French public transport body Île-de-France Mobilités has raised €500m from its third green bond of the year. Proceeds from the 15-year, 0.675% deal – two thirds of which went to French investors – will be mostly spent on clean transportation. Meanwhile, French hospitality giant Accor raised €700m from its inaugural sustainability-linked bond. The 7-year 2.375% bond was 3.5 times oversubscribed, with the coupon linked to Accor’s 25.2% scope 1 and 2 and 15% scope 3 reduction targets by 2025. 

RWE has raised €1.35bn from a dual tranche green bond to finance wind and solar projects. The firm’s CFO said that the deal, its second, saw “keen interest” from investors. The €750m 0.5% tranche is due 2028, and the €600m 1% tranche is due 2033. 

İşbank, Turkey’s largest private bank, has signed €434m and $328m sustainability-linked loans with a group of 37 banks. The interest rate is tied to decarbonisation across Scope 1, 2 and 3, and an increase in disabled-friendly ATMs across the bank’s network. 

Kenya’s largest bank plans to issue the nation’s first green bond by a commercial lender in 2022. The bank is one of only three Middle-Eastern and African lenders in the Net Zero Banking Alliance. The Kenyan government is also planning to come to market.  

Nordic IT firm Dustin has converted its SEK5bn (€494m) credit facility into a sustainability-linked loan. The agreement, made with Handelsbanken, Nordea and Swedbank, will see the interest rate change rate based on Dustin’s achievement of targets relating to carbon emissions intensity and recovered electronic devices.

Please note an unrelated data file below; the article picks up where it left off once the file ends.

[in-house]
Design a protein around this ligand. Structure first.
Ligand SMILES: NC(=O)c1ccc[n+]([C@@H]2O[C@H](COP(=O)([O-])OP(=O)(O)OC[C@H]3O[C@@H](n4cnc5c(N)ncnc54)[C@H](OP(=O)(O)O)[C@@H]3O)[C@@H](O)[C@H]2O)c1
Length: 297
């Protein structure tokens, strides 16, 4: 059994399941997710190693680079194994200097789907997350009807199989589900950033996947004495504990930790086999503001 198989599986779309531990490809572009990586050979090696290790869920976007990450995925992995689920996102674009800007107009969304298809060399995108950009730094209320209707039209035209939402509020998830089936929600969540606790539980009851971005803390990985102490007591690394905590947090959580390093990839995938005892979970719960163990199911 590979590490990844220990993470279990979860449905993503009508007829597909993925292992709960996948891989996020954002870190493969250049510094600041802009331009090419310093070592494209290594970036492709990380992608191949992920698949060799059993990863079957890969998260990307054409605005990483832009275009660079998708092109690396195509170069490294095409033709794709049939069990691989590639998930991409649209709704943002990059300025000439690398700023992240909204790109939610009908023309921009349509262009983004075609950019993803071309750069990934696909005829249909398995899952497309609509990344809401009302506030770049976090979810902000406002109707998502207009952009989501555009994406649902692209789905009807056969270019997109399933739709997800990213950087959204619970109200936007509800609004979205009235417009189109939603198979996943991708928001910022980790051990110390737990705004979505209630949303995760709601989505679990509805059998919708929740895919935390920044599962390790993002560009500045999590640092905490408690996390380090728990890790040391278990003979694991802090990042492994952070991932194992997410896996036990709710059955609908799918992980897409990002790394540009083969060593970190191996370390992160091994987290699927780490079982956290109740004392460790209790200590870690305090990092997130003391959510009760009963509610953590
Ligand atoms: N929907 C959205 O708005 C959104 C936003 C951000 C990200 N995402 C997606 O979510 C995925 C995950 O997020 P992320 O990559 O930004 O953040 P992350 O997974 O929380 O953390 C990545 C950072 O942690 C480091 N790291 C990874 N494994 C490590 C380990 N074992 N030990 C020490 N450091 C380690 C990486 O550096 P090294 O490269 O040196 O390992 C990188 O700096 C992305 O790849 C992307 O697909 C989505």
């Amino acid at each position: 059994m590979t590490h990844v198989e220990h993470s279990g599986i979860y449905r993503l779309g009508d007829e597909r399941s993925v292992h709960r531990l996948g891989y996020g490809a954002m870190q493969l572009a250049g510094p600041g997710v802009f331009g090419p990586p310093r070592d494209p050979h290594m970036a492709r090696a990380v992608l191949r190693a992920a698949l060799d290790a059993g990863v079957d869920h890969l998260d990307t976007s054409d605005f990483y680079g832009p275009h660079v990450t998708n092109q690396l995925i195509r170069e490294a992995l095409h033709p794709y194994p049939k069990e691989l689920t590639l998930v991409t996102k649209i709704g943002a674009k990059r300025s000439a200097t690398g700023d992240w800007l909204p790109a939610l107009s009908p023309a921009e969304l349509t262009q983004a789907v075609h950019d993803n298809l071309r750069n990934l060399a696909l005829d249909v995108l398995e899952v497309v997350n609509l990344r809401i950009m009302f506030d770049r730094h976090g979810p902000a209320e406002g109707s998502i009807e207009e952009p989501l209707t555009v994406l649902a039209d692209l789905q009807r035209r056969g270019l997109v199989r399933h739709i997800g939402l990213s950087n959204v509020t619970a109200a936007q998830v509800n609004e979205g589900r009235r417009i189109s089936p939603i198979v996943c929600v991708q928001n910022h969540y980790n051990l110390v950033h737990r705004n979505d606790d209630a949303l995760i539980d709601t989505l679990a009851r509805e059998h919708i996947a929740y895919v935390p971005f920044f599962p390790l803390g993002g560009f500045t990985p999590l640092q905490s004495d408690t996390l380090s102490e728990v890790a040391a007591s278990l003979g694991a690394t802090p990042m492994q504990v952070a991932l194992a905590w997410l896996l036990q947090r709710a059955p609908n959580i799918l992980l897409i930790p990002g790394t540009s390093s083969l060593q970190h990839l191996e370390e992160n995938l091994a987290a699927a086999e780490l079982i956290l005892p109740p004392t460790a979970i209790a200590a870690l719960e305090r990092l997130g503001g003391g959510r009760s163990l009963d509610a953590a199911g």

Pacific Gas and Electric Company has raised $860m from a green bond to finance electricity system ‘hardening’ and other system improvements in California. PGE said that the improvements to the system would reduce the risk and impact of wildfires in the state. 

Chilean fish farmer Salmones Camanchaca has added sustainability targets to a new $135m credit facility from DNB, Rabobank and Santander. The interest rate will be reduced by up to 5bp if the firm meets five sustainability targets, including reductions in GHG emissions and worker accidents. 

Crude oil trader Gunvor has signed a $1.455bn sustainability-linked revolving credit facility across two tranches. The facility is linked to four KPIs: reductions in scope 1 and 2 emissions, improvement in energy efficiency in its shipping fleet, investment in non-fossil projects and an assessment of the group against human rights principles. Gunvor said that the facility, which will be used for refinancing and general corporate purposes, received “strong support” from banking partners, as well as attracting new banks to the deal. 

The European Bank for Reconstruction and Development has bought €10m of Romania’s first sustainability-linked notes as part of a €48m private placement from car rental company Autonom. The 5-year bonds pay 4.11%, which will increase by 30bp should Autonom fail to cut its operational emissions by 25% by 2025.  

Swiss lender Graubündner Kantonalbank has made its green bond debut, raising CHF100m (€95m) from an 8-year bond, which pays 0.1%. Meanwhile UniCredit has acted as mandated lead arranger for a €100m sustainability-linked loan to industrial automation firm Datalogic. The interest rate on the loan is linked to achieving two types of environmental and social certifications for its production sites.